The 2010s: The Ransomware Era

Stuxnet (2010)

A malicious computer worm believed to be developed by the United States and Israel to sabotage Iran's nuclear program. Accidentally spread beyond its intended target, damaging multiple electro-mechanical equipment in Iran's Natanz uranium enrichment facilities.

Sony PlayStation Hack (2011)

77 million account holders' personal information stolen through distributed denial of service (DDOS) attacks on Sony's servers. Sony PlayStation Network shutdown for 23 days, incurring an estimated $171 million loss.

Yahoo Breach (2013 & 2014)

Two of the largest data breaches affecting all 3 billion Yahoo user accounts. Russian hacker group exploited a spear-phishing email to gain access to Yahoo's network, compromising sensitive user data.

Snowden Revelations (2013)

Edward Snowden leaked classified information revealing secret surveillance programs conducted by the US government. Sparked international debate and led to the passage of the USA Freedom Act, reforming NSA's surveillance programs.

CryptoLocker Ransomware (2013)

Trojan virus spread through phishing emails, encrypting files of infected computers. Infected over 250,000 Windows computers in its initial 4 months, demanding ransom payments for file decryption.

Target Security Breach (2013)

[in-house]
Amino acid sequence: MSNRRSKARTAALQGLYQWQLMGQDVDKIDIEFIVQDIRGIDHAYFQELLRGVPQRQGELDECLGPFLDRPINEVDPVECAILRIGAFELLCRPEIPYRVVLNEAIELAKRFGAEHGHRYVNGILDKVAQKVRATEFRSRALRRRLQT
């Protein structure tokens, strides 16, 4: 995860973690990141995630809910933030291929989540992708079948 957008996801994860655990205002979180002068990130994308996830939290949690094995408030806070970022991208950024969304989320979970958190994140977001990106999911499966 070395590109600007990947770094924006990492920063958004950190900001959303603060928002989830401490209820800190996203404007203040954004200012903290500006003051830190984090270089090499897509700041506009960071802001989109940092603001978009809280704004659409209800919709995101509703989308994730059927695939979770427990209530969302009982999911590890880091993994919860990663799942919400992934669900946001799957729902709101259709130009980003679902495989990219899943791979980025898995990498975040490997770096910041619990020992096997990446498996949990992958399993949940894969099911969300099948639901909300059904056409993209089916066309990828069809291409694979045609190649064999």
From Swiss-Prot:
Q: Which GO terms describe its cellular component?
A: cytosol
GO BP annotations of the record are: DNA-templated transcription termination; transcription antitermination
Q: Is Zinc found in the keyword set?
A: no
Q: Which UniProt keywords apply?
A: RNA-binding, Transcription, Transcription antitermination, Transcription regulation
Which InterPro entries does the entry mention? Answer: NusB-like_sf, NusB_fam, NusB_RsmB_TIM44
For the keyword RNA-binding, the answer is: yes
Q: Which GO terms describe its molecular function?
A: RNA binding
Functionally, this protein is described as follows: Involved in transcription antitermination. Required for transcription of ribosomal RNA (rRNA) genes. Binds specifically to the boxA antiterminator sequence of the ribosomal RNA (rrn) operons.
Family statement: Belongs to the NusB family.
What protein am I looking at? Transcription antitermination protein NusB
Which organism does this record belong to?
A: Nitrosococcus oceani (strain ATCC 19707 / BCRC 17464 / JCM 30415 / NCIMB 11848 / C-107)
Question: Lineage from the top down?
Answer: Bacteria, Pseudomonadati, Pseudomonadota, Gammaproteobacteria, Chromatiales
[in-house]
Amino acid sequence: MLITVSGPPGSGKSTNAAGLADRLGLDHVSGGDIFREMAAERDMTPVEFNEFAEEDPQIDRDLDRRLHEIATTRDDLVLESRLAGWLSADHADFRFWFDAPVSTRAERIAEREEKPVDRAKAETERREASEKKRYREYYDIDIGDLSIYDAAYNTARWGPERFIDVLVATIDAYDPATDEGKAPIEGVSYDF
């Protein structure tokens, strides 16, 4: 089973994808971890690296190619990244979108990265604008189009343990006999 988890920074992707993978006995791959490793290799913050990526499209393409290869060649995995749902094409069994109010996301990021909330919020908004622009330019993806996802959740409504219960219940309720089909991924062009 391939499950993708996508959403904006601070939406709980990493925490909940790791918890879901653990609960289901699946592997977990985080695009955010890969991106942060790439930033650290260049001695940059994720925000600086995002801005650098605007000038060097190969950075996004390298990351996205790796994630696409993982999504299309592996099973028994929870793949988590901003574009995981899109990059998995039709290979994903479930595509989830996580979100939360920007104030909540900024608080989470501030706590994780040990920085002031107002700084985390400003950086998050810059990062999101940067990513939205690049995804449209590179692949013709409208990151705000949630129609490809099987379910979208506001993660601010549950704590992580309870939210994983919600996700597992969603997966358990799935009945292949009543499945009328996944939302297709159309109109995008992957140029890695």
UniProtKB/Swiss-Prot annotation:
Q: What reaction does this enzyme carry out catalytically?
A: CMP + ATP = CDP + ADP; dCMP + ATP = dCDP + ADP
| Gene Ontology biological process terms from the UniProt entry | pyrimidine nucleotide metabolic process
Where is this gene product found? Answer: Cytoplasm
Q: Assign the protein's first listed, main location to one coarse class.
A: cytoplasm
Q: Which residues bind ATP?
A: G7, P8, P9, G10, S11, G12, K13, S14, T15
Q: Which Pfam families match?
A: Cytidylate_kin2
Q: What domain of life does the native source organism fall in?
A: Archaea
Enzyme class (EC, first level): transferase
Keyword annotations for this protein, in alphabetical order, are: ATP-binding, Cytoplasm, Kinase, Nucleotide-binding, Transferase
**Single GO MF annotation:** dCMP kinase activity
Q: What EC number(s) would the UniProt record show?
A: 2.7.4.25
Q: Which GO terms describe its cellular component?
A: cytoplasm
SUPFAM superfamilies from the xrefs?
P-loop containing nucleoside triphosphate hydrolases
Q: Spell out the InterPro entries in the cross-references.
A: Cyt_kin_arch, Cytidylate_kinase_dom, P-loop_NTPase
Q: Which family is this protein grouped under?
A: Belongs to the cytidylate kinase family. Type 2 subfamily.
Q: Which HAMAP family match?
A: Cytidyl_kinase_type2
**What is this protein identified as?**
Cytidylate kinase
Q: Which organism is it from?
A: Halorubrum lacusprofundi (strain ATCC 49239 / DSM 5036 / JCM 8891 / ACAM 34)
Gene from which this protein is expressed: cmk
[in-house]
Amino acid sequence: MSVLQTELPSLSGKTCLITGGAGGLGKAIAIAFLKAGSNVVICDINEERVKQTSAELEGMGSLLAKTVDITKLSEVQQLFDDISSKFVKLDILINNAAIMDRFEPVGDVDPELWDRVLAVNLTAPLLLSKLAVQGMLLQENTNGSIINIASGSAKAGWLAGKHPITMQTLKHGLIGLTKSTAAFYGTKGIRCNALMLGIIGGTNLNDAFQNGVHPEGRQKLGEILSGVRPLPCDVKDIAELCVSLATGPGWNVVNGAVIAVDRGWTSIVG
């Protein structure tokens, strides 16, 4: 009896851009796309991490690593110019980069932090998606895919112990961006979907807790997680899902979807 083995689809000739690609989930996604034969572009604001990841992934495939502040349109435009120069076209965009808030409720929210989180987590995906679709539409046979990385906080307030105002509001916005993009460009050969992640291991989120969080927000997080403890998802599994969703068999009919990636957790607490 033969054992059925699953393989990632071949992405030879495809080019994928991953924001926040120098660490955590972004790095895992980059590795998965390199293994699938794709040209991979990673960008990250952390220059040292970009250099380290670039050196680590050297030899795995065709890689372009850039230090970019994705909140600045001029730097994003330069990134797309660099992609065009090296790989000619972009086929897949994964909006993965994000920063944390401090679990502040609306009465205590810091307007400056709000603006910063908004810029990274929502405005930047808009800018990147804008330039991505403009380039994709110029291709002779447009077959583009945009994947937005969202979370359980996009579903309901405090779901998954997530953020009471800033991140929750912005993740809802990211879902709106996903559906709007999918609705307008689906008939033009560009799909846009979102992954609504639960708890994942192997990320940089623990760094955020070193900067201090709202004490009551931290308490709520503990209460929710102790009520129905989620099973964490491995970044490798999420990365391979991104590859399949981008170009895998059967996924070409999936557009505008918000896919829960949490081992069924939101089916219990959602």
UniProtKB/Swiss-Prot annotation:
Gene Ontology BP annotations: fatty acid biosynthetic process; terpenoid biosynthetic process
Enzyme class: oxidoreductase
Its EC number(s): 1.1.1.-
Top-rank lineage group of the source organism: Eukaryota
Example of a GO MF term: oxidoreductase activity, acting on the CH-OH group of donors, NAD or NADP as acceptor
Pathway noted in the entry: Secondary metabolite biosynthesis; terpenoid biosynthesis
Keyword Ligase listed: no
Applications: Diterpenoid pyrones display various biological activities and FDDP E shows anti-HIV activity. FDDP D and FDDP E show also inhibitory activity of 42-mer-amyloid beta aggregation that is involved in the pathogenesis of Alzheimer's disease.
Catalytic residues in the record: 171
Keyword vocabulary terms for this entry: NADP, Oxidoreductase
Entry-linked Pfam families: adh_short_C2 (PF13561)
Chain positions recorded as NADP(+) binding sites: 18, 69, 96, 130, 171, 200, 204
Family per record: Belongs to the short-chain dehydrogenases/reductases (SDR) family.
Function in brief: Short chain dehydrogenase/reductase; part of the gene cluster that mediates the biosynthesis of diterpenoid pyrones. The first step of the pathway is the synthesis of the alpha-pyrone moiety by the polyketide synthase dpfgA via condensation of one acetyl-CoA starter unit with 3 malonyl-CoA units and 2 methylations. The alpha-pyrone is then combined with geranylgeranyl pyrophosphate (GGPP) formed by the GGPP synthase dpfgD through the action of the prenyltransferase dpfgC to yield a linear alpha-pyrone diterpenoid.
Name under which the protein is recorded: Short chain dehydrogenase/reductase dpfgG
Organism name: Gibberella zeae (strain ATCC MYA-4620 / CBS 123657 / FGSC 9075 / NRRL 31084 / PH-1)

Cybercriminals stole over 40 million credit and debit card numbers and 70 million customer records from Target. Malware attack initiated through a third-party vendor's remote access to Target's network.

Ashley Madison Data Breach (2015)

Over 30 million user accounts compromised, exposing sensitive information. Attack by The Impact Team due to moral objections against the website's activities.

WannaCry Ransomware (2017)

Infected over 230,000 computers in 150 countries, exploiting a Microsoft Windows vulnerability. Demanded ransom payments for file decryption, affecting organizations like NHS, FedEx, and Nissan.

NotPetya Attack (2017)

Most destructive malware causing $10 billion in global damage, spread through a supply chain attack. Initially believed to be ransomware but later revealed as a wiper, disrupting operations worldwide.

Equifax Hack (2017)

Personal information of 147 million Americans exposed due to a vulnerability in Equifax's web application firewall. Equifax fined $575 million for its role in the breach and offered free credit monitoring services.

Capital One Hack (2019)

Approximately 100 million US and 6 million Canadian customers affected by a misconfigured web application firewall exploited by a former AWS employee. No credit card numbers or login credentials stolen, leading to an $80 million fine and $190 million class-action lawsuit settlement.

In the 2010s, new cyber attack vectors like ransomware and cryptojacking emerged, posing significant challenges to the cybersecurity industry. However, this era also witnessed considerable progress in developing tools and techniques to combat cyber threats.

The 2020s: Billions of Dollars at Stake

Marriott International Data Breach (2020)

Marriot fined approximately $23.8 million due to a 2014 data breach discovered in 2020. Over 5.2 million guests affected by a social engineering attack on a Marriott employee, compromising personal details and credit card information.

Twitter Data Breach (2020)